In addition to anti-abortion statements from some candidates, Ms. May has contended with candidate Pierre Nantel’s outspoken Quebec nationalist sentiments. One candidate proposed sending a pig carcass to Muslims, and another had a history of anti-Israel remarks. The party is trying to keep a lid on further eruptions by encouraging candidates to sidestep the debate over Quebec’s new law that bans provincial employees in positions of authority from wearing religious symbols. The Greens officially oppose the law, but Ms. May will accept dissension on this point within the ranks.
Ms. May is solidly committed to the notion that a caucus of elected Greens would not be whipped on votes in Parliament. She maintains that Greens in other countries have demonstrated that this is perfectly workable.
“This is how Greens operate in countries around the world. … We make decisions by consensus, we believe in grassroots democracy, so the leader isn’t a dictator," she says.
That style of politics has its frustrations, she admits. “The leader of the Green party is the chief spokesperson. My friends, my real peer group, are leaders of Green parties in other countries around the world, who have the same frustration as I have: We get blamed for everything but we have no power.”
Alex Tyrrell, Leader of the Green Party of Quebec, says Ms. May has created problems for the party with her leadership style. “Elizabeth May has brought a centrist style of leadership, trying to strike a balance where there is no balance to be struck,” he says. Mr. Tyrrell says he is constantly having to explain Ms. May’s position on abortion (she’s pro-choice) and has made it clear that the Quebec wing of the party will not support Bill 21 and discrimination against minorities. Ms. May, he says, has been ambiguous when she should be an activist.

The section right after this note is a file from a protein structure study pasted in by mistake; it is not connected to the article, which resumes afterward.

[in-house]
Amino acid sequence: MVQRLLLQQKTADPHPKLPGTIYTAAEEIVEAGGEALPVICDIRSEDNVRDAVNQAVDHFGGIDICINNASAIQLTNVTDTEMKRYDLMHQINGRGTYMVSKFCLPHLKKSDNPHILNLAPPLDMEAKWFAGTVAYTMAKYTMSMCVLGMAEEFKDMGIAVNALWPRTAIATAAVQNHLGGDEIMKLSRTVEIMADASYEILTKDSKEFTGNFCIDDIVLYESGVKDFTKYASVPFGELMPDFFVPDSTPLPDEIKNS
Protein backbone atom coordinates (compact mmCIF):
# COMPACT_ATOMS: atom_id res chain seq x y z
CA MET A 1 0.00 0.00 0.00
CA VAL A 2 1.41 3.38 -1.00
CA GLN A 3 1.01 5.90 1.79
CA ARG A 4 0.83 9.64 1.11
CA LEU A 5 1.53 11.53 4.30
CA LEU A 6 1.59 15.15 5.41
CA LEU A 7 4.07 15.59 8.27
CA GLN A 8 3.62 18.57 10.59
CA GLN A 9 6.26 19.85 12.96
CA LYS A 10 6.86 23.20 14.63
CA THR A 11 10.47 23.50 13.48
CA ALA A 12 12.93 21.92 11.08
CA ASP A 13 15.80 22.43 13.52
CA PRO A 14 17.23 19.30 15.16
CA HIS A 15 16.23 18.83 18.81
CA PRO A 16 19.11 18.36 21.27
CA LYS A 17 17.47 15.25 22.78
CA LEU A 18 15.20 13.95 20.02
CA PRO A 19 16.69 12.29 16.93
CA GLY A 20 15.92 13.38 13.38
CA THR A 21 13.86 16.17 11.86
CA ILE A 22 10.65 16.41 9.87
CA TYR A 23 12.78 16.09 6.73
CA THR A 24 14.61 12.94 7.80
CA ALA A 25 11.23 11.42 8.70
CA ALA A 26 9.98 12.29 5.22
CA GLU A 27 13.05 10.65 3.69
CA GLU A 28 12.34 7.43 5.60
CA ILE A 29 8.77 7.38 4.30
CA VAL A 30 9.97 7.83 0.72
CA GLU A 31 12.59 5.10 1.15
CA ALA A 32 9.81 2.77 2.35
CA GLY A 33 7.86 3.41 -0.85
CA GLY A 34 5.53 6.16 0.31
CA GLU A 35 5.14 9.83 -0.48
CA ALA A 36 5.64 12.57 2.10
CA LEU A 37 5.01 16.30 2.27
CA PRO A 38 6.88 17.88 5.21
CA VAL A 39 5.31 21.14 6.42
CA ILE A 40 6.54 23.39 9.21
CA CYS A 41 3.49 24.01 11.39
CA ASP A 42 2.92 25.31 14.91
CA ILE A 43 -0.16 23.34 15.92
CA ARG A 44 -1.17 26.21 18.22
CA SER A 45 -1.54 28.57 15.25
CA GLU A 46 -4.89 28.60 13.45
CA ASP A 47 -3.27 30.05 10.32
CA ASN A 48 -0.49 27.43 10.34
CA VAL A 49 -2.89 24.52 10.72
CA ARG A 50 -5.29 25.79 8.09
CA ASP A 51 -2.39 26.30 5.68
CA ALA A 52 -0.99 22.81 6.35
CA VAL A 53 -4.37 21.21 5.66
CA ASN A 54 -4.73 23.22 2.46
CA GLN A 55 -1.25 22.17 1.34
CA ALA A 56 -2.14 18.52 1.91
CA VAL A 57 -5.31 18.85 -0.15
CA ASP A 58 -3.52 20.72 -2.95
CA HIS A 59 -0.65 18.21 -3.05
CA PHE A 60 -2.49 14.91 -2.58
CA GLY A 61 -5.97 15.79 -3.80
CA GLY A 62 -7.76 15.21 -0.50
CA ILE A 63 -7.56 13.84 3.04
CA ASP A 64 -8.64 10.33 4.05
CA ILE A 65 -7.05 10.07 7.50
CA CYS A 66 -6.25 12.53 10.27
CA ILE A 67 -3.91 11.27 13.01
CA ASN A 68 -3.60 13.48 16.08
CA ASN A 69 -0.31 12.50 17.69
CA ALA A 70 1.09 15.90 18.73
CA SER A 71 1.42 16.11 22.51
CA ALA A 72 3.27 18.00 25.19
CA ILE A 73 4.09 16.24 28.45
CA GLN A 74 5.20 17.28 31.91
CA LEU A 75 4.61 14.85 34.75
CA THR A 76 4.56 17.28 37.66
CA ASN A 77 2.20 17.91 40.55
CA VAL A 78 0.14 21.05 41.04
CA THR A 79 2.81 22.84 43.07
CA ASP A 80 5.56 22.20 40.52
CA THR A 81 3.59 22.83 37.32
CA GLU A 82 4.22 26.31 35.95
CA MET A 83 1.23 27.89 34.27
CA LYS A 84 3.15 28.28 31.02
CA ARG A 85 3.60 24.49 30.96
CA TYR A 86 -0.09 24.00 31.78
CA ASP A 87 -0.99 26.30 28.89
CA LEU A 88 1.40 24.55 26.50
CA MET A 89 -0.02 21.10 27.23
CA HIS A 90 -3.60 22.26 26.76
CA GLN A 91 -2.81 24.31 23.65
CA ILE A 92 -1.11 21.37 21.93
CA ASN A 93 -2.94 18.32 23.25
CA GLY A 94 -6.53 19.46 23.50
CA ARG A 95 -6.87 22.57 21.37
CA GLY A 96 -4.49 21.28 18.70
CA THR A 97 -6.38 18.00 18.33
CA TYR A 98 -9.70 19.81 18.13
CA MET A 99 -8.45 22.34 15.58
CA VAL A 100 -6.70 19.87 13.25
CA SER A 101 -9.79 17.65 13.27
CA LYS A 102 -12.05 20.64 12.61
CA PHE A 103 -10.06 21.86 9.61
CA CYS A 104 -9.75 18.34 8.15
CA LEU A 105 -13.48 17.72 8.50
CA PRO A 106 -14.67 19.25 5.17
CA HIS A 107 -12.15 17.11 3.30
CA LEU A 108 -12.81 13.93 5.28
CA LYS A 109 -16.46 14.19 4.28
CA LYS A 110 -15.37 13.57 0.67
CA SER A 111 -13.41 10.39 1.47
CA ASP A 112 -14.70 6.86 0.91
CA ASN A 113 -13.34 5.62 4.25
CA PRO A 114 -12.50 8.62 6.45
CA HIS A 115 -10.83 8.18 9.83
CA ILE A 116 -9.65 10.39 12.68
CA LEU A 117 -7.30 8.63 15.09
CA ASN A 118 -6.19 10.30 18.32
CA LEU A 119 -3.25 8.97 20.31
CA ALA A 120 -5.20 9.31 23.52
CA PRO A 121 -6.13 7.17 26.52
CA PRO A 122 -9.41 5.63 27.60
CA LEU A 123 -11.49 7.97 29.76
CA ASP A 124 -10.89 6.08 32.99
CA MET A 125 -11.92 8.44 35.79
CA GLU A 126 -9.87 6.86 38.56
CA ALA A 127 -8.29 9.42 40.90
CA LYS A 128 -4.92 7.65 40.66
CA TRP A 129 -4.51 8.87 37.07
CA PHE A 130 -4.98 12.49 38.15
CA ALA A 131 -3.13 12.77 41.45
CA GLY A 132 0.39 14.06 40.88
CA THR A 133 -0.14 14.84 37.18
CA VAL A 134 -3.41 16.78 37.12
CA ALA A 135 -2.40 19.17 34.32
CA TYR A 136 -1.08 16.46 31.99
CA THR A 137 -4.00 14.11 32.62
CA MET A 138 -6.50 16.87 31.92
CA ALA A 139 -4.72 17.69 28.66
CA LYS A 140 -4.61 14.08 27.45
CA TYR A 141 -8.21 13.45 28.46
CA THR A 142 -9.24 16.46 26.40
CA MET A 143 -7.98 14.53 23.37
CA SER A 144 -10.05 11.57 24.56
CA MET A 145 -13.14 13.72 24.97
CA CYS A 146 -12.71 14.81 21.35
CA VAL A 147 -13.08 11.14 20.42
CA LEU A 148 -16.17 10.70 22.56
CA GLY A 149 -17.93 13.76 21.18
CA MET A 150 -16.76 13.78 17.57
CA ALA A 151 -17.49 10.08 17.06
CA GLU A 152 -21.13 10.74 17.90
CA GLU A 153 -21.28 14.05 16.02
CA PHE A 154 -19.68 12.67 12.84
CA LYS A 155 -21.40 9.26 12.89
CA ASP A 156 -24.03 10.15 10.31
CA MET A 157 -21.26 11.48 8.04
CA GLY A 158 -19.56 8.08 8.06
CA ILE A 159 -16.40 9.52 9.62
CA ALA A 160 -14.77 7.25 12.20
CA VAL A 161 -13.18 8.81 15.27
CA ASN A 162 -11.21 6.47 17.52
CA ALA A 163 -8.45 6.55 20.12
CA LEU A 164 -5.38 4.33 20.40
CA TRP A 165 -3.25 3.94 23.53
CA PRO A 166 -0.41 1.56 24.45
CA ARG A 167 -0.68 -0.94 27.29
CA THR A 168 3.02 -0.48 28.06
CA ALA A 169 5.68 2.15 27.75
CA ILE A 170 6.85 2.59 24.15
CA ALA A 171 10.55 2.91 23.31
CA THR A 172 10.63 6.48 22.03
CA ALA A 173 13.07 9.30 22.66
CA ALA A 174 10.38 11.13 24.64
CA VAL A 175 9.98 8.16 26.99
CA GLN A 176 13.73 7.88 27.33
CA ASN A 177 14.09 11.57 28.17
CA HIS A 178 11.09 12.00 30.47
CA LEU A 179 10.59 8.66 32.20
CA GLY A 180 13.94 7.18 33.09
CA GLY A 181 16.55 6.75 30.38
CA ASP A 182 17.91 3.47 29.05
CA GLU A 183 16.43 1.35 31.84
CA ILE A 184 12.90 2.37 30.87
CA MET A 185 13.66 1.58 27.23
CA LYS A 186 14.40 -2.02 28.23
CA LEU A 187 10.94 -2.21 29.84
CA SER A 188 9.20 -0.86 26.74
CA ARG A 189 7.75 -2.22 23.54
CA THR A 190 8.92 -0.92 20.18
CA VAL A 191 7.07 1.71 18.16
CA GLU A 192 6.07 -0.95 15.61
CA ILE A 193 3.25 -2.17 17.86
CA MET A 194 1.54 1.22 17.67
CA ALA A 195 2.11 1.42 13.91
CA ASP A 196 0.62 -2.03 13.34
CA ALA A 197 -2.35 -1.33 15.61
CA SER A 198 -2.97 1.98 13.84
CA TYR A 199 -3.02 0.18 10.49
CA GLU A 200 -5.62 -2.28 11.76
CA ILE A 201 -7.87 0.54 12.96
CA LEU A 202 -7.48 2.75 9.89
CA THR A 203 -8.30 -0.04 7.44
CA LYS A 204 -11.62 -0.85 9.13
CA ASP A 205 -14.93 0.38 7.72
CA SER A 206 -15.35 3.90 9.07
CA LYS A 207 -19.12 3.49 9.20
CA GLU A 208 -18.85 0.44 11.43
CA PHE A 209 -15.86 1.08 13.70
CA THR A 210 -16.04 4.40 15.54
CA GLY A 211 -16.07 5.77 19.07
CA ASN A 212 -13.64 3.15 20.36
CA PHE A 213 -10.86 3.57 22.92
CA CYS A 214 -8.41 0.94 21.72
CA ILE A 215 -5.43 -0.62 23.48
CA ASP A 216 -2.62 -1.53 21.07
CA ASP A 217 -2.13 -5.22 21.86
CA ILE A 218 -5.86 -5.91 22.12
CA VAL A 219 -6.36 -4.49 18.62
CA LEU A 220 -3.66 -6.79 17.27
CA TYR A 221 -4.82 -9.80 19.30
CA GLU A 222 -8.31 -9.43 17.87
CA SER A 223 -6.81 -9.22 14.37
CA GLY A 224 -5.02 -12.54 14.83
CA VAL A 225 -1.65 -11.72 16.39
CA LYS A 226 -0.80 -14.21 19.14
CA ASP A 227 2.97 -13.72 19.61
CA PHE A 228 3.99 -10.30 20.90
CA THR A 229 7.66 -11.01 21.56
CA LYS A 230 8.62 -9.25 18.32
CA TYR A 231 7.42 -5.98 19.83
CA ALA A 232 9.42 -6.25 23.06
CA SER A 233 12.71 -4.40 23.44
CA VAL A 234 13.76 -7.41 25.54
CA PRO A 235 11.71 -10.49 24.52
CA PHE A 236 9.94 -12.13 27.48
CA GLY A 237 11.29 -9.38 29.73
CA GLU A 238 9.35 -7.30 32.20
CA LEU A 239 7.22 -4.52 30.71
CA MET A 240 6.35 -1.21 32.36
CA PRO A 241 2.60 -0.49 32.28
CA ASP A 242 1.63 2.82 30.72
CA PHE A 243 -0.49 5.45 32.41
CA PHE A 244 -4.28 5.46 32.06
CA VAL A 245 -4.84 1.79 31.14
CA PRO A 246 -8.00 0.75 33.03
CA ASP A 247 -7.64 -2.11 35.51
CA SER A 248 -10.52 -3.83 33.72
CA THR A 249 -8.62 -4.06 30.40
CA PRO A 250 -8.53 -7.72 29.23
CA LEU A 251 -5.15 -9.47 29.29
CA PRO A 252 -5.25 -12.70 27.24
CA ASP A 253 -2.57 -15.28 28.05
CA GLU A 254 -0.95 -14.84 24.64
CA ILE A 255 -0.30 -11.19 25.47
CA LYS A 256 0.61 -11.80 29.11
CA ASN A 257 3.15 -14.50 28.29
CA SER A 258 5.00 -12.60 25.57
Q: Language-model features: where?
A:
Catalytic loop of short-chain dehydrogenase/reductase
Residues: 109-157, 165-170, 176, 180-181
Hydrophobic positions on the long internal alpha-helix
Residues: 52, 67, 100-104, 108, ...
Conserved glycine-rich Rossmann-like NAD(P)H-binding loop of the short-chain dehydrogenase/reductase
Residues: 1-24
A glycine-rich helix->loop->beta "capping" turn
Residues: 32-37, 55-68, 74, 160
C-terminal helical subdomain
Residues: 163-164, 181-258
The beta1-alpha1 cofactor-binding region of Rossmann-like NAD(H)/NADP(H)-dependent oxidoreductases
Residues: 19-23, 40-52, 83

Indeed, if Canadian voters return a minority government to Parliament on Oct. 21, she says she is prepared to collaborate with any party willing to work toward decarbonizing the economy, a position that has left her open to criticism from all sides.
Ms. May seems unconcerned, stating simply that when it comes to seizing the chance to put the brakes on drastic climate change, “there can be no compromise.”
Ms. May’s brand is a mix of virtuous eco-hero, and personable un-politician.
Sitting in a Calgary café over (fair trade and organic) coffee and a vegetarian buffet lunch, Ms. May is marvelling at the power of a 16-year-old activist to mobilize action who is not held back by the niceties that Ms. May has tried to nurture.
“I think Greta Thunberg is extraordinary. … She is the most important leader in the world right now on climate,” Ms. May says. “Greta is unforgiving, uncompromising and unsentimental in a way I have never heard in any speaker,” she says. “There is a forgiveness in my rhetoric.”
Ms. May does share one thing in common with Ms. Thunberg: Both were captured by environmental concerns at a young age. Ms. May was 13 when she decided that she wanted to be an environmental lawyer.